In 1867 Dr Hawkins of King’s Lynn informed the readers of the British Medical Journal that Lincolnshire and Norfolk consumed more than half of the opium which was imported into the country. A chemist in Spalding told Hawkins that he had sold more laudanum in his first year in the town than he had sold over twenty years in Surrey. It was widely used to treat the symptoms of Fenland ague or malarial fever - known locally by various names including marsh fever, the Bailiff of the Marshes, Lord John's fever, or Old Johnny Axey - which was endemic in the marshes of the Fens for the greater part of the nineteenth century.

A penn’orth of comfort if you please
There is no cure for my disease
But the poppy’s kiss might bring some ease

By dyke and ditch, by marsh and mere
Old Johnny Axey creeps round here
He floods the fens with his disease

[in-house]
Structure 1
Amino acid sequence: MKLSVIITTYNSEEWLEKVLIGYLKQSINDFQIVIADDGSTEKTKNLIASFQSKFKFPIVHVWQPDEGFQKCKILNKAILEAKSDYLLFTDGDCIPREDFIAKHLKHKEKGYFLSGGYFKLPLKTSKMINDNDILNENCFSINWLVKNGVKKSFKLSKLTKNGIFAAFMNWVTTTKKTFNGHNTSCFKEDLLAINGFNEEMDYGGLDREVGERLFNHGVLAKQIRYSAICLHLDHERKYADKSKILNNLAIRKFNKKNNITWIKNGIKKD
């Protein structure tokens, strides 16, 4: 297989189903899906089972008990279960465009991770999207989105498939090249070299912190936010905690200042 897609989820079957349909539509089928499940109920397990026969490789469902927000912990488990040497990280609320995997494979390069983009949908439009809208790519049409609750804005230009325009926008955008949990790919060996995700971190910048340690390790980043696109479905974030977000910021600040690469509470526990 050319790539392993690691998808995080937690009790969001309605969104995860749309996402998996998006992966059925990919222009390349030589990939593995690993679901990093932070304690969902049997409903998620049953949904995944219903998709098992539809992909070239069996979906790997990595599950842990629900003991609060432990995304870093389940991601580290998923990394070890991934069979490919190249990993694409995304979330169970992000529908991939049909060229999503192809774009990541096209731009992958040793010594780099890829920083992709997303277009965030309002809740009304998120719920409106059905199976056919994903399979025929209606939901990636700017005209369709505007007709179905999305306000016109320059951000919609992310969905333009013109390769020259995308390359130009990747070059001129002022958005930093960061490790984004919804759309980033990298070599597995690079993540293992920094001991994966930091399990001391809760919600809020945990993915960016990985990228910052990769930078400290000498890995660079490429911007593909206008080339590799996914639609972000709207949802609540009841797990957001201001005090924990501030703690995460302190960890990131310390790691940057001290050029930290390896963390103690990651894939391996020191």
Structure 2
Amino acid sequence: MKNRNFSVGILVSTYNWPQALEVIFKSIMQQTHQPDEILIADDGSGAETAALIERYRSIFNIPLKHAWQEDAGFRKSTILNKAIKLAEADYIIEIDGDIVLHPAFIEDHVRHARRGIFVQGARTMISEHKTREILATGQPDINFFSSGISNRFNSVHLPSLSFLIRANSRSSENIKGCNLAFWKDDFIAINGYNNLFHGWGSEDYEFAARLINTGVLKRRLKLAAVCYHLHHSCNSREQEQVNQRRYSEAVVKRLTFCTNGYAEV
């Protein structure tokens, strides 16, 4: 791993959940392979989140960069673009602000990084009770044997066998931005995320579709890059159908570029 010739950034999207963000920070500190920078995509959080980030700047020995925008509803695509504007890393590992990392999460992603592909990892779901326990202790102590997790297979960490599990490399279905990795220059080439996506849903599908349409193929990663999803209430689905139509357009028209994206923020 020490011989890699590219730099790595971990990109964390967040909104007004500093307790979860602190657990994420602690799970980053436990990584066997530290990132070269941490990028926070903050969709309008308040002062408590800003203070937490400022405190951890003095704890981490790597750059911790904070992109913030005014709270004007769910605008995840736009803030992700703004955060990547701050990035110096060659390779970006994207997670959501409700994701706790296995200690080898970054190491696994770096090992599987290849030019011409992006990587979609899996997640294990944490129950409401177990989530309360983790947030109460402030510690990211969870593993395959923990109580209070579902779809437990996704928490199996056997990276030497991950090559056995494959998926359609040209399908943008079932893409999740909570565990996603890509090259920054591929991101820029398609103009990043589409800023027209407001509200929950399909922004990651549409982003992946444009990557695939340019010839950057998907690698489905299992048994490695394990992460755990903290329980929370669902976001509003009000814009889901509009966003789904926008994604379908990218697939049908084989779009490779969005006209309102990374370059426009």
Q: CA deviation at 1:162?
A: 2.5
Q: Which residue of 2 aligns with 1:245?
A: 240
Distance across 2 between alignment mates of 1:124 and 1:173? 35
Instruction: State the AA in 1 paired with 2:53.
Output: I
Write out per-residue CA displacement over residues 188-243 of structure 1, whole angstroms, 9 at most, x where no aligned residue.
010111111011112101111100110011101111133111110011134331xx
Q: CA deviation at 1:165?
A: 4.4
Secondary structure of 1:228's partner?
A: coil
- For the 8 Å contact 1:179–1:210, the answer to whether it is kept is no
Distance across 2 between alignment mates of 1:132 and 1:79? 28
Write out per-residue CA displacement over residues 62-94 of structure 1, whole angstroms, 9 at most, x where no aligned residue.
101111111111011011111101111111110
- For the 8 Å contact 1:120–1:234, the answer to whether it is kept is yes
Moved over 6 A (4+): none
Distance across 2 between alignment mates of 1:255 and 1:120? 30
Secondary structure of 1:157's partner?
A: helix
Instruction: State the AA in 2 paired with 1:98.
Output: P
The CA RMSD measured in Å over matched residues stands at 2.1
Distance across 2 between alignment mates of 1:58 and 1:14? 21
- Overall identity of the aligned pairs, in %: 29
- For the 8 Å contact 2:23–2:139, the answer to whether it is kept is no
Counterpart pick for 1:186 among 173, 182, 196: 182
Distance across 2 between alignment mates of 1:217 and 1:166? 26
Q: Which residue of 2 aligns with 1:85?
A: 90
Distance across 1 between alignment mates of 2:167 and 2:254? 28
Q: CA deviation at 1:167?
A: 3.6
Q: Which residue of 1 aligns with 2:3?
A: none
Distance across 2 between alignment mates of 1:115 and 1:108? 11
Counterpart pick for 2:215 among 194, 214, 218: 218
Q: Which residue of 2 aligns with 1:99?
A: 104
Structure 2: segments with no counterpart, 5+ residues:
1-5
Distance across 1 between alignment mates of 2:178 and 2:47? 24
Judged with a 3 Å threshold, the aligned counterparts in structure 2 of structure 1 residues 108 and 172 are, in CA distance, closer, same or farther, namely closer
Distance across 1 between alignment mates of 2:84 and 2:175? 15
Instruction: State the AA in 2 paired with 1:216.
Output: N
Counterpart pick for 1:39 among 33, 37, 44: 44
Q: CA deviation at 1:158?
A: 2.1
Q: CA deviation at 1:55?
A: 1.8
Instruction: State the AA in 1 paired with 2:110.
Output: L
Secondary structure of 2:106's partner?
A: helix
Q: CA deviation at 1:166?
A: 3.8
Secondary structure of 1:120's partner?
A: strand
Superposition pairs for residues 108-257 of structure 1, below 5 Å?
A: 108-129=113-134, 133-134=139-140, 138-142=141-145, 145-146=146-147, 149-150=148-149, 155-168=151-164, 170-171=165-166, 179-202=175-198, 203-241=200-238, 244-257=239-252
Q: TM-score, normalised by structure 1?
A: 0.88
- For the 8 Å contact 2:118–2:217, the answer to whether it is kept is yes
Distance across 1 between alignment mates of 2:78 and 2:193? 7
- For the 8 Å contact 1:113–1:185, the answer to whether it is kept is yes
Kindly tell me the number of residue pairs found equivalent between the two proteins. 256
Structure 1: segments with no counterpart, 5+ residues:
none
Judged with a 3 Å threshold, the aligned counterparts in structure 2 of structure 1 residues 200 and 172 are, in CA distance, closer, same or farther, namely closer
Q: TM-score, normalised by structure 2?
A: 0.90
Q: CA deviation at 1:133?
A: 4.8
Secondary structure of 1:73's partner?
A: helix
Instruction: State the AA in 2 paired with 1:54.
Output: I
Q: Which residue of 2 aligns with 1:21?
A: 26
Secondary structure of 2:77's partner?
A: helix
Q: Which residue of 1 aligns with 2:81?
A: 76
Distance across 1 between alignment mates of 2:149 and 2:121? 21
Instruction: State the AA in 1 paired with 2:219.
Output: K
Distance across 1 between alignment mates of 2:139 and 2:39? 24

His breath will bring you to your knees

Fen-folk’s life is mostly tough
Just getting by is hard enough
But harder still when your body groans
With fevers, sweats and aching bones


In every garden, poppies stand
Fenland physic close at hand
While in the town on market day
To the chemist’s shop all make their way

‘A penn’orth of comfort’ is the refrain
Laudanum lulls and dulls the pain
A penny buys a few more days
Solaced by the opium haze


By dyke and ditch, by marsh and fen
Hard times for many, now as then
While the poppy with its treacherous charms
Still offers comfort in its arms